Mobility Exercises and Stretches


A patient said to me recently as I was working on her leg, ‘It’s almost like it’s connected all the way up to my head’.  It seemed obvious to me now but being an osteopath for more than half my life, I don’t remember what I didn’t know.  I think it is important to understand how the body works, how a small injury on the foot, or a sprained ankle can lead to imbalance and dysfunction all the way up the body to result in back pain or even headaches, especially if the body is already under strain from arthritis or stiffness. 

Our job as osteopaths is to find areas of imbalance, stiffness and tension that may be causing symptoms.  We ask about recent and sometimes old injuries as this can all affect how the body functions and we assess, not just the painful area but related areas. 

Mobility is so important for the human body. Even a little gentle stretching exercise can be useful to maintain mobility and improve blood supply which in turn aids muscle health. At the Trinity Practice, we can tailor make any exercise programme to suit you but as a generalised routine, think about all of your joints (maybe not all 360 of them!), and which way they should move and gently move them.

In a sitting or lying position, start with your feet and ankles, gently scrunch and release your toes, circle your ankles both ways.  Bend and straighten your knees and then in a standing position, holding on if you need to, bend your knee up high and out to the side to open out the hip joints.  You can repeat all of these a couple of times each side until you feel the joints loosening.  You may also be able to increase the range of movement each time.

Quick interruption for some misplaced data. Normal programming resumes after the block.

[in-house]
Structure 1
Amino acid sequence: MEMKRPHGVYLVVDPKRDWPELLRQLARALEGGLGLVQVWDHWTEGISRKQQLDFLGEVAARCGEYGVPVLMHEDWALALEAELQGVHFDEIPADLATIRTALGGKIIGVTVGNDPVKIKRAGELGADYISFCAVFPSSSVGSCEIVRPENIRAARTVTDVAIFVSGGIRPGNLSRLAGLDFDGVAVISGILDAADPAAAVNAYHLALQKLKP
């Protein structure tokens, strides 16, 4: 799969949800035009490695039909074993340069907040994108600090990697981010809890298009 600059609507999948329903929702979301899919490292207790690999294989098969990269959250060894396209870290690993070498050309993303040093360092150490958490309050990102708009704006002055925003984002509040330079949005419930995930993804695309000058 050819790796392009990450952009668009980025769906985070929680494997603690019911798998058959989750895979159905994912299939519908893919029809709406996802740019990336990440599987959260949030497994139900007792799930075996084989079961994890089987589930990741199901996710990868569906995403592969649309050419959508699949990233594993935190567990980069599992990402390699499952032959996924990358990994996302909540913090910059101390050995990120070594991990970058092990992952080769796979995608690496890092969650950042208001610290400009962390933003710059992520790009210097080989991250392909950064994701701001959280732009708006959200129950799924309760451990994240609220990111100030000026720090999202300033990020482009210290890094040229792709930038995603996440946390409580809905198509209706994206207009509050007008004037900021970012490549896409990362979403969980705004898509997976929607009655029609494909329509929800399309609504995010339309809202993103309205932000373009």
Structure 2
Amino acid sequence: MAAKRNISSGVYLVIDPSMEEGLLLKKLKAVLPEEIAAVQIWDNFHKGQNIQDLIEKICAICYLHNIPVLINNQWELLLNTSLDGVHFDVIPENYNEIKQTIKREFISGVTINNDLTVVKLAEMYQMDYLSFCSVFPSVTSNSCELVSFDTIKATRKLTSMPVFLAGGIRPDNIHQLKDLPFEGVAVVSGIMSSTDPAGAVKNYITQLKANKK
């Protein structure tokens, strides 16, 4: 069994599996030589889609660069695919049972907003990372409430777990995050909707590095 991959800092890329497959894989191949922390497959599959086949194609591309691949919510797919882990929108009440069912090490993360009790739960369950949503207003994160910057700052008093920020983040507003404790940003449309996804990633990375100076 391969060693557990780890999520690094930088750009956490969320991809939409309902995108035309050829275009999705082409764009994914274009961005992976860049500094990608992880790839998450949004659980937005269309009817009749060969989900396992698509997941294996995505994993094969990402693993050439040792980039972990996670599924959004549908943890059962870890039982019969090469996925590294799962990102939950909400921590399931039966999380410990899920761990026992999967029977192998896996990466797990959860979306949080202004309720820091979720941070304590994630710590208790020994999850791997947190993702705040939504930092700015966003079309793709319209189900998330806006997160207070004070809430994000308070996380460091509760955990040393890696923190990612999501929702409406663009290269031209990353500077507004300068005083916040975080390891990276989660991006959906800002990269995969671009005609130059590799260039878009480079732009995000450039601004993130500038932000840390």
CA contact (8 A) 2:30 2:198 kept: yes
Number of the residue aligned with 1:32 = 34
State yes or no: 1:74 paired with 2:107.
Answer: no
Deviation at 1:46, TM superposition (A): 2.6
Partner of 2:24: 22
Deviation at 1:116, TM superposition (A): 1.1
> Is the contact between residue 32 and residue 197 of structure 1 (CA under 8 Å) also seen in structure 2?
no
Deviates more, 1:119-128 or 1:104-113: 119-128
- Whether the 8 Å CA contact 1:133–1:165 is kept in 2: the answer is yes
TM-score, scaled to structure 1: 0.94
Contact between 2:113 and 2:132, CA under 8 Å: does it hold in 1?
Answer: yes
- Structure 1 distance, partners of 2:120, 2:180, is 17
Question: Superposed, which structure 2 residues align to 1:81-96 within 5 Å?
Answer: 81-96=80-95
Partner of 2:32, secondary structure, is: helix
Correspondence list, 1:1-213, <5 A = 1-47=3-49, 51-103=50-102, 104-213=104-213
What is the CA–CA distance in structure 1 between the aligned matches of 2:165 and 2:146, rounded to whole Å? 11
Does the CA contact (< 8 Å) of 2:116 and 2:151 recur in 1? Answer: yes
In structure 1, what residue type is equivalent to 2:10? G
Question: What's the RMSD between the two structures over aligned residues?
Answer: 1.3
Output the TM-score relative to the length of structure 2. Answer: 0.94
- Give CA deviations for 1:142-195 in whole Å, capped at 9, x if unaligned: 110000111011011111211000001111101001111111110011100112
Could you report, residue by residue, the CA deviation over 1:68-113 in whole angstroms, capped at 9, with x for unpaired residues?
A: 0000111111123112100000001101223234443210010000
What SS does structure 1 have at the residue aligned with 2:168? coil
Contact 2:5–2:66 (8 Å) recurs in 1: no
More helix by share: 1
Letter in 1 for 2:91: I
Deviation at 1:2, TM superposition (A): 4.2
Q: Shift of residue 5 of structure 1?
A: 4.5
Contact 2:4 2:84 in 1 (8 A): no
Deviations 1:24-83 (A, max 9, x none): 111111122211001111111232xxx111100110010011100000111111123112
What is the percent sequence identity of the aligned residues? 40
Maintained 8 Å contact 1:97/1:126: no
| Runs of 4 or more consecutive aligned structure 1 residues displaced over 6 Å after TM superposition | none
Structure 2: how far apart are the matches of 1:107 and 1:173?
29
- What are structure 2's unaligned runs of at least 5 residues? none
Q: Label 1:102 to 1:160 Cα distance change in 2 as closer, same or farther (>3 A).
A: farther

For the lower back, my favourite stretch is to lie down and gently pull your knees up towards your chest, holding them for a few seconds.  Take a couple of deep breaths and each time you breathe out, let your lower back give and loosen a little.  It is a really nice passive stretch, great for people who stand a lot.  In the same position, you can let your knees circle or bend down to each side.  Take note of where you can feel this so you can change it if necessary.

The mid-upper back is somewhere that gets very stiff and you may need treatment initially to help you get more movement into this area.  Some gentle shoulder circles are useful though,  as the muscles that attach to your shoulder blades also attach to the spine so as you move your shoulders, your spine will move along with it.


I prefer not to recommend neck circles, especially without seeing the patient first as the neck structures can be quite delicate and forced extension can be damaging.  We can give you specific exercises if this is what you need.

Alongside any of these stretches, breathing is important, partly to oxygenate the body tissues and aid with fluid movement around the body

With all exercises, there are lots of variations and different ways of doing them.  These are just a few generic ones to get you started.  As with all exercise, something is better than nothing.  All the osteopaths at Trinity Practice have their own style and you are welcome to see any of us to discuss your specific requirements.

Our thanks to Rehab My Patient for their kind permission to use their Videos

Telephone:  01747 851726

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